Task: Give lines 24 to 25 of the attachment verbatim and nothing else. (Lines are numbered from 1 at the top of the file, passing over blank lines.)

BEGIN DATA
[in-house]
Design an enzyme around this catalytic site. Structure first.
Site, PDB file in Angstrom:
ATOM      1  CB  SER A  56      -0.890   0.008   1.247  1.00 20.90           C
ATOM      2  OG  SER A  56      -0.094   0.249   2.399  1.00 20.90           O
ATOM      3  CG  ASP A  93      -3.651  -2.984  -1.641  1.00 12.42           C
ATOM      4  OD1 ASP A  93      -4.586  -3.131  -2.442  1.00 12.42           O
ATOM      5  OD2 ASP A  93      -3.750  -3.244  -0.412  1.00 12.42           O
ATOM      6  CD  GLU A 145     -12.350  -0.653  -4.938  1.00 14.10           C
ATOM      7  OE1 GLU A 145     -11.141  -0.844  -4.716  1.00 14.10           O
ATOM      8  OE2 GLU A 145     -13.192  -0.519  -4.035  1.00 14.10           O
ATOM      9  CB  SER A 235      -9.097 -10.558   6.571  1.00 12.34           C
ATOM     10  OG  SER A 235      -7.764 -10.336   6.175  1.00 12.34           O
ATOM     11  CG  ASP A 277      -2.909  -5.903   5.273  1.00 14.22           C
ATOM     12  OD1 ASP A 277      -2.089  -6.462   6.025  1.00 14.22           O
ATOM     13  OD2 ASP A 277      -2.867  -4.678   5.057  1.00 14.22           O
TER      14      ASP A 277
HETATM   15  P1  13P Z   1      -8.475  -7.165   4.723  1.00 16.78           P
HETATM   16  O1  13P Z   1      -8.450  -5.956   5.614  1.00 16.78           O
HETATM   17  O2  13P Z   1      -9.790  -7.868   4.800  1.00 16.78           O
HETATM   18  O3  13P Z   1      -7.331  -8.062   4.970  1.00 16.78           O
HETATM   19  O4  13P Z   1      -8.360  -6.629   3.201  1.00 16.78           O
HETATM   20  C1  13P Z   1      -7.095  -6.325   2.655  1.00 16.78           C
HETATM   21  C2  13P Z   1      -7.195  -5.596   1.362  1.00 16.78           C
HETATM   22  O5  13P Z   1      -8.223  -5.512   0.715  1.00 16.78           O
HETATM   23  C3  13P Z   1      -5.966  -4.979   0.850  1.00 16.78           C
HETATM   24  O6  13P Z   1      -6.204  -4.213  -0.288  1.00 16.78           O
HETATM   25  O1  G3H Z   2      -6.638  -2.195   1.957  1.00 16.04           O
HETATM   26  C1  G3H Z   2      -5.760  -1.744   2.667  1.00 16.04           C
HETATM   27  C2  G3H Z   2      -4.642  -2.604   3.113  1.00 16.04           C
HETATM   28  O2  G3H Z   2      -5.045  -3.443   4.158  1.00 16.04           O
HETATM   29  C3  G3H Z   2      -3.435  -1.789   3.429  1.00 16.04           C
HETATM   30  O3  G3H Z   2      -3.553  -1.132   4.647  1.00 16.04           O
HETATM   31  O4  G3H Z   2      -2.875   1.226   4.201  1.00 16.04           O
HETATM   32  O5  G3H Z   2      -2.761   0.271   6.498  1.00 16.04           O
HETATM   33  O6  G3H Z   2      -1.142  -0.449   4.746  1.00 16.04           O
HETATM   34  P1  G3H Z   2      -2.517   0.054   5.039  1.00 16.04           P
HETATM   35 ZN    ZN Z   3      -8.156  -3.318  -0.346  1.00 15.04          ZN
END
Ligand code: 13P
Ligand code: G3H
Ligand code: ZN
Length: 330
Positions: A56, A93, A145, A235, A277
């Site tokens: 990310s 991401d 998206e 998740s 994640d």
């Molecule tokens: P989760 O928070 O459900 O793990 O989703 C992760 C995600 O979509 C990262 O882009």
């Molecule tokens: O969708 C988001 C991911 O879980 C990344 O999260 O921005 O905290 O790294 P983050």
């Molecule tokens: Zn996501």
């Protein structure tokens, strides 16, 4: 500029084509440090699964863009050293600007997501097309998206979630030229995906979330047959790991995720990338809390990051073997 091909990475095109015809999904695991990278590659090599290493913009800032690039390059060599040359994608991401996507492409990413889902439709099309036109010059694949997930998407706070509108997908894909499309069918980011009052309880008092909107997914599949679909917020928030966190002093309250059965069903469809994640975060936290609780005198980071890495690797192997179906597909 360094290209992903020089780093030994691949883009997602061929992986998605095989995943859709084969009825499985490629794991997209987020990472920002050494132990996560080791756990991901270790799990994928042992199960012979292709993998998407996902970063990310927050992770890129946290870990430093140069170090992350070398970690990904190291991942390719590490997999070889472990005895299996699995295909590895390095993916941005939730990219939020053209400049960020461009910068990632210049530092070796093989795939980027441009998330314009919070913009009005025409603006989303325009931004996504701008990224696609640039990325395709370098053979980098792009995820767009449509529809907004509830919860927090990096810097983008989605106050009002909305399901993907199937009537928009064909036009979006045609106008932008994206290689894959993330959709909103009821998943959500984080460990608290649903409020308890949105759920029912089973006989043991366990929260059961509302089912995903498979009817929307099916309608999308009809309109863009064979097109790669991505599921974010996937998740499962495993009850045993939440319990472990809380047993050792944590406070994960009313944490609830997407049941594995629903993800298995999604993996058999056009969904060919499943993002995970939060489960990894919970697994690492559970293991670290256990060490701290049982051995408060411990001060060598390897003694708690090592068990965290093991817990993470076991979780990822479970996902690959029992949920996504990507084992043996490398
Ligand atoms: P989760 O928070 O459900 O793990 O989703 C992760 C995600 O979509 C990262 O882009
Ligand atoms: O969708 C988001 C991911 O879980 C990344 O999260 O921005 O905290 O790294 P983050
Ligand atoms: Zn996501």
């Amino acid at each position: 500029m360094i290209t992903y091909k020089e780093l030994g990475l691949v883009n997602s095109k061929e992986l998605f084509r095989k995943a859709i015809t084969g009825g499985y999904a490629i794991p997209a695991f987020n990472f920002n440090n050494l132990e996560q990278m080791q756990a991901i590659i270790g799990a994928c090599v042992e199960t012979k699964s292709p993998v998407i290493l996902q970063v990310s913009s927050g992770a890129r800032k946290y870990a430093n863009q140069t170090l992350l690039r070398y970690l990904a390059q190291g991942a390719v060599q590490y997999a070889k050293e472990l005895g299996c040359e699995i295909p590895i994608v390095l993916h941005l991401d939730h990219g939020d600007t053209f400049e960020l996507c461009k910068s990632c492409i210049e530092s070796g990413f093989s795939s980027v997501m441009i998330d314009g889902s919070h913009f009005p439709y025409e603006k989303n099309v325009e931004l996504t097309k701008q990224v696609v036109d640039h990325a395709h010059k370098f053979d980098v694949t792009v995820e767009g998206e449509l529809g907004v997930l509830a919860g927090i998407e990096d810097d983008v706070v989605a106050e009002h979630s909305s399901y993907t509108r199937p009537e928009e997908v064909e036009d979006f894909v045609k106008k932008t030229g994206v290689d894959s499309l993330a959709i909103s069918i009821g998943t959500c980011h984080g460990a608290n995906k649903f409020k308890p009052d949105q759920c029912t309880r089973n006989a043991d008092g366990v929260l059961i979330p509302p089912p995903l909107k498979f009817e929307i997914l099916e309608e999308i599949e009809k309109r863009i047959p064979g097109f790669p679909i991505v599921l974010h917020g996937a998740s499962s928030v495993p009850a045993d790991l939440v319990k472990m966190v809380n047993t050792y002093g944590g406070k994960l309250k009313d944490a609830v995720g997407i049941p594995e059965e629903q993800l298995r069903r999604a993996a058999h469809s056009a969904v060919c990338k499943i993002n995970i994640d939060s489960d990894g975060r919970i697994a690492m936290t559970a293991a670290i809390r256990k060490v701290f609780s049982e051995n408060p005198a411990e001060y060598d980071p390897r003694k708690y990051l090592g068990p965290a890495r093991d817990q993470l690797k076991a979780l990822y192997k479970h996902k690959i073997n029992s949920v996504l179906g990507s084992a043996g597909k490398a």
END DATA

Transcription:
HETATM   21  C2  13P Z   1      -7.195  -5.596   1.362  1.00 16.78           C
HETATM   22  O5  13P Z   1      -8.223  -5.512   0.715  1.00 16.78           O